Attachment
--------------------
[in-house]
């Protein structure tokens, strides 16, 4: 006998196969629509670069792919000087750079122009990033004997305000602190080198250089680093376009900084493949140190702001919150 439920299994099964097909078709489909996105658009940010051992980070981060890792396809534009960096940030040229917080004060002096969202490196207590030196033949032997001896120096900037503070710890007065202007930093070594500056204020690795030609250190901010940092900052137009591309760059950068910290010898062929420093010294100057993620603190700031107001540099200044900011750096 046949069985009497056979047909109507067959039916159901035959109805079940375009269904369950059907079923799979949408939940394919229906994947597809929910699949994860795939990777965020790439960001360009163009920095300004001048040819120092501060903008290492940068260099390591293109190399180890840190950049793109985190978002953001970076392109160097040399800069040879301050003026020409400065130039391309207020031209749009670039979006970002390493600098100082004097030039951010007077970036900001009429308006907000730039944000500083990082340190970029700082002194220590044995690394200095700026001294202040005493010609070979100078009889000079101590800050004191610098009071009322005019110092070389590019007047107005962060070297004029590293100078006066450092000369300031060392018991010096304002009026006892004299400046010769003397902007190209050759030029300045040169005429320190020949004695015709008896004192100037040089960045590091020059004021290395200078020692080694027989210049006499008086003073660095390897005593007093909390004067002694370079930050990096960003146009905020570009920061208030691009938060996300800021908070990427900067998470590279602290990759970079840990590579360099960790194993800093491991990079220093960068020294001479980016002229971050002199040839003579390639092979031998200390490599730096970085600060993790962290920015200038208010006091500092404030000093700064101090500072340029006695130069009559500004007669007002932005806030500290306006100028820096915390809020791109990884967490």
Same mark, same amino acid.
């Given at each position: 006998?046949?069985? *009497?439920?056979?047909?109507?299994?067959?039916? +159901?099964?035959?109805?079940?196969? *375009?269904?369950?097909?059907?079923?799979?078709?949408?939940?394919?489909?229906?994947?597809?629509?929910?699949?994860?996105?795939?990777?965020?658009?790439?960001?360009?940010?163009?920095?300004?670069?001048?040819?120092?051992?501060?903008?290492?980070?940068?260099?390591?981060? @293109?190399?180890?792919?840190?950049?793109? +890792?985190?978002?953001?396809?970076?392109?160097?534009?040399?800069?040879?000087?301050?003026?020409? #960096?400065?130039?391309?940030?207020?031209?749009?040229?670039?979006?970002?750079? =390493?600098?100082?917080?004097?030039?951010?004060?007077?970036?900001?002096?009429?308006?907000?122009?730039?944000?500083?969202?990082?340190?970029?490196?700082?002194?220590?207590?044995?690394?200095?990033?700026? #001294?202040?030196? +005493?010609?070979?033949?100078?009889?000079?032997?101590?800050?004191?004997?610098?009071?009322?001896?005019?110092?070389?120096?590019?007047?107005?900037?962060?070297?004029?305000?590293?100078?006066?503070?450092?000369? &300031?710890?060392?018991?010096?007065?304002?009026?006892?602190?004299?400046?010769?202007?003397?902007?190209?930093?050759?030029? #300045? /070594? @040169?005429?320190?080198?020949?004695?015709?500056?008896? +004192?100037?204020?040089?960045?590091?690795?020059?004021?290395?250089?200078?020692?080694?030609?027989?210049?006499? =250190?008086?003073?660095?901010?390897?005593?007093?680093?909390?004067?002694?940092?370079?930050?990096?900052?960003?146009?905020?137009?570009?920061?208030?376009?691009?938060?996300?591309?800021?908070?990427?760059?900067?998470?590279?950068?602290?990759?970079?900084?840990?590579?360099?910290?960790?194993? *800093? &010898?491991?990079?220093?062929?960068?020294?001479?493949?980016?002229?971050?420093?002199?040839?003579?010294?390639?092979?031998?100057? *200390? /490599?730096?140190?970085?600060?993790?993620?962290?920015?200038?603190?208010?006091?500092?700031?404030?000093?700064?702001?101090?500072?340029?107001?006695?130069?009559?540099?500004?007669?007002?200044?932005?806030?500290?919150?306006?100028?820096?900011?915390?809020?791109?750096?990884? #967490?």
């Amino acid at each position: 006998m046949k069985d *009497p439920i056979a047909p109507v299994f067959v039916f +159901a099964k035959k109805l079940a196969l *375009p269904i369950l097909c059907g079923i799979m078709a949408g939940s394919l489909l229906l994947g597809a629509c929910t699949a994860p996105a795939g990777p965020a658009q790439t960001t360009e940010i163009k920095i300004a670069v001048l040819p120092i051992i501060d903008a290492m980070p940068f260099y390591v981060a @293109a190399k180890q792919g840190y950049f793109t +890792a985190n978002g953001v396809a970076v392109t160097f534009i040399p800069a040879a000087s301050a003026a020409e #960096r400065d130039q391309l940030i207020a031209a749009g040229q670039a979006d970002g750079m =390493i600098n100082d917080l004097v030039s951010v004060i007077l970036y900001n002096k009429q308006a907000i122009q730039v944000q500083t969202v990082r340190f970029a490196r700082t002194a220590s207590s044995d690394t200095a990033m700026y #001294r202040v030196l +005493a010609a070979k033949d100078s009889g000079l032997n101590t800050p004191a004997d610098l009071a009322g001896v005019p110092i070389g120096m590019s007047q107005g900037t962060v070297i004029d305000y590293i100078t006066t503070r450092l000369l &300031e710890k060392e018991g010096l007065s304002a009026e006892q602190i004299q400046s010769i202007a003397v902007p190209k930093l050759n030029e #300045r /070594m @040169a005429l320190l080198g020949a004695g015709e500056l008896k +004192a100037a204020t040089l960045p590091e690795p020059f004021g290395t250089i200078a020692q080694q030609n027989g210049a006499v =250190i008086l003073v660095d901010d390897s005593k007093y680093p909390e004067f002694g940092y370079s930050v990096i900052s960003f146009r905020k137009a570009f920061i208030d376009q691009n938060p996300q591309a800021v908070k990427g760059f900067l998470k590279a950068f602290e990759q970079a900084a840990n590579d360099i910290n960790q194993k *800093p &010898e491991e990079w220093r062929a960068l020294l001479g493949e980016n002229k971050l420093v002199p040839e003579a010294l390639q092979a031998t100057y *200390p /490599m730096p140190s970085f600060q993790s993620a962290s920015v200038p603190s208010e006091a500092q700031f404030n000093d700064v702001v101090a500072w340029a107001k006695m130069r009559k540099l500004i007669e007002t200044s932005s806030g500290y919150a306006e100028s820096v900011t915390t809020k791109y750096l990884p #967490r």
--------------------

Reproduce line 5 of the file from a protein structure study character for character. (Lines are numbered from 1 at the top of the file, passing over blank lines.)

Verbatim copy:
């Amino acid at each position: 006998m046949k069985d *009497p439920i056979a047909p109507v299994f067959v039916f +159901a099964k035959k109805l079940a196969l *375009p269904i369950l097909c059907g079923i799979m078709a949408g939940s394919l489909l229906l994947g597809a629509c929910t699949a994860p996105a795939g990777p965020a658009q790439t960001t360009e940010i163009k920095i300004a670069v001048l040819p120092i051992i501060d903008a290492m980070p940068f260099y390591v981060a @293109a190399k180890q792919g840190y950049f793109t +890792a985190n978002g953001v396809a970076v392109t160097f534009i040399p800069a040879a000087s301050a003026a020409e #960096r400065d130039q391309l940030i207020a031209a749009g040229q670039a979006d970002g750079m =390493i600098n100082d917080l004097v030039s951010v004060i007077l970036y900001n002096k009429q308006a907000i122009q730039v944000q500083t969202v990082r340190f970029a490196r700082t002194a220590s207590s044995d690394t200095a990033m700026y #001294r202040v030196l +005493a010609a070979k033949d100078s009889g000079l032997n101590t800050p004191a004997d610098l009071a009322g001896v005019p110092i070389g120096m590019s007047q107005g900037t962060v070297i004029d305000y590293i100078t006066t503070r450092l000369l &300031e710890k060392e018991g010096l007065s304002a009026e006892q602190i004299q400046s010769i202007a003397v902007p190209k930093l050759n030029e #300045r /070594m @040169a005429l320190l080198g020949a004695g015709e500056l008896k +004192a100037a204020t040089l960045p590091e690795p020059f004021g290395t250089i200078a020692q080694q030609n027989g210049a006499v =250190i008086l003073v660095d901010d390897s005593k007093y680093p909390e004067f002694g940092y370079s930050v990096i900052s960003f146009r905020k137009a570009f920061i208030d376009q691009n938060p996300q591309a800021v908070k990427g760059f900067l998470k590279a950068f602290e990759q970079a900084a840990n590579d360099i910290n960790q194993k *800093p &010898e491991e990079w220093r062929a960068l020294l001479g493949e980016n002229k971050l420093v002199p040839e003579a010294l390639q092979a031998t100057y *200390p /490599m730096p140190s970085f600060q993790s993620a962290s920015v200038p603190s208010e006091a500092q700031f404030n000093d700064v702001v101090a500072w340029a107001k006695m130069r009559k540099l500004i007669e007002t200044s932005s806030g500290y919150a306006e100028s820096v900011t915390t809020k791109y750096l990884p #967490r």